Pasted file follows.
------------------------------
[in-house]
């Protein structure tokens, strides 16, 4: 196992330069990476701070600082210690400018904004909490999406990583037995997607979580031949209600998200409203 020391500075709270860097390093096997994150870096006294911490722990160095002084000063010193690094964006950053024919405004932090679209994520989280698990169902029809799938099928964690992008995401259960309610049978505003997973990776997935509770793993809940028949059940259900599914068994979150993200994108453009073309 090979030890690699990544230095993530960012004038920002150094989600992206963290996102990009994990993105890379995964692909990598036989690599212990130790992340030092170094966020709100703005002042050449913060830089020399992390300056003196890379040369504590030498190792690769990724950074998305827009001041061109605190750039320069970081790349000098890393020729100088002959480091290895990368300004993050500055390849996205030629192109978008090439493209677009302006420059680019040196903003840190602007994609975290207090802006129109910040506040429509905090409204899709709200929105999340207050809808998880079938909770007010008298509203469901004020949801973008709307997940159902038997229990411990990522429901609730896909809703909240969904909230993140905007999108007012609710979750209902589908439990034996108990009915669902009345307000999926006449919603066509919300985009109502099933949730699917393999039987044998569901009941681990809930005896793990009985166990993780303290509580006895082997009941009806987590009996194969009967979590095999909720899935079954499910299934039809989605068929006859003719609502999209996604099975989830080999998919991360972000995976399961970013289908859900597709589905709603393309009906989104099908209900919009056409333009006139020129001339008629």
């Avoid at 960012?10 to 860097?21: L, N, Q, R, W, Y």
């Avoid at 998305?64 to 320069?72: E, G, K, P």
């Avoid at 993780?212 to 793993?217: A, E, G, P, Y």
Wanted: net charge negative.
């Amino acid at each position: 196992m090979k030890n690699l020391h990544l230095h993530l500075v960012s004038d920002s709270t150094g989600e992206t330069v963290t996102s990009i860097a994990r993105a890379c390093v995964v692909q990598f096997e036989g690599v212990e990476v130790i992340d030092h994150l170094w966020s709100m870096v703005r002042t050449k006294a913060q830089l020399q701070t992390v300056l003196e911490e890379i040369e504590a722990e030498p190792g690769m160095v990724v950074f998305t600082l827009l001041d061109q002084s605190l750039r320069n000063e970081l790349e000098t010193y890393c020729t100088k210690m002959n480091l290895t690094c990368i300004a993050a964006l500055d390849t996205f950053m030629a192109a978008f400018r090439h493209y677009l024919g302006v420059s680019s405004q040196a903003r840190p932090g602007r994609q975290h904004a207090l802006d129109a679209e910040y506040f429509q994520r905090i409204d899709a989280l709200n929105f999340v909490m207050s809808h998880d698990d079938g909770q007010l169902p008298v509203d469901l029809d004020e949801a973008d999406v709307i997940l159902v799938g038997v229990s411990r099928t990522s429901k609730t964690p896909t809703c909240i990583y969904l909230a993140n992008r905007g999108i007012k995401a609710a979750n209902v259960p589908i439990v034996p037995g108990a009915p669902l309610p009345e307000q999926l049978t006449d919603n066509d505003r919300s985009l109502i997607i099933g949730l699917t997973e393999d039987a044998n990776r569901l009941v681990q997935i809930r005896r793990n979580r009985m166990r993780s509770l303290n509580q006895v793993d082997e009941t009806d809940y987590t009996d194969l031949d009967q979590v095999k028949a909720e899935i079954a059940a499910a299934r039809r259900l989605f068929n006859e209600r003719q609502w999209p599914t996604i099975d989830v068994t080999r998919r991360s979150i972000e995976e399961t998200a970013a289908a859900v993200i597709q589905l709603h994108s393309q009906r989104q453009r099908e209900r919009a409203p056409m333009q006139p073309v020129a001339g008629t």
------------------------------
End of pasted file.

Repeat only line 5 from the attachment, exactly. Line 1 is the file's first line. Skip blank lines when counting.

């Avoid at 993780?212 to 793993?217: A, E, G, P, Y």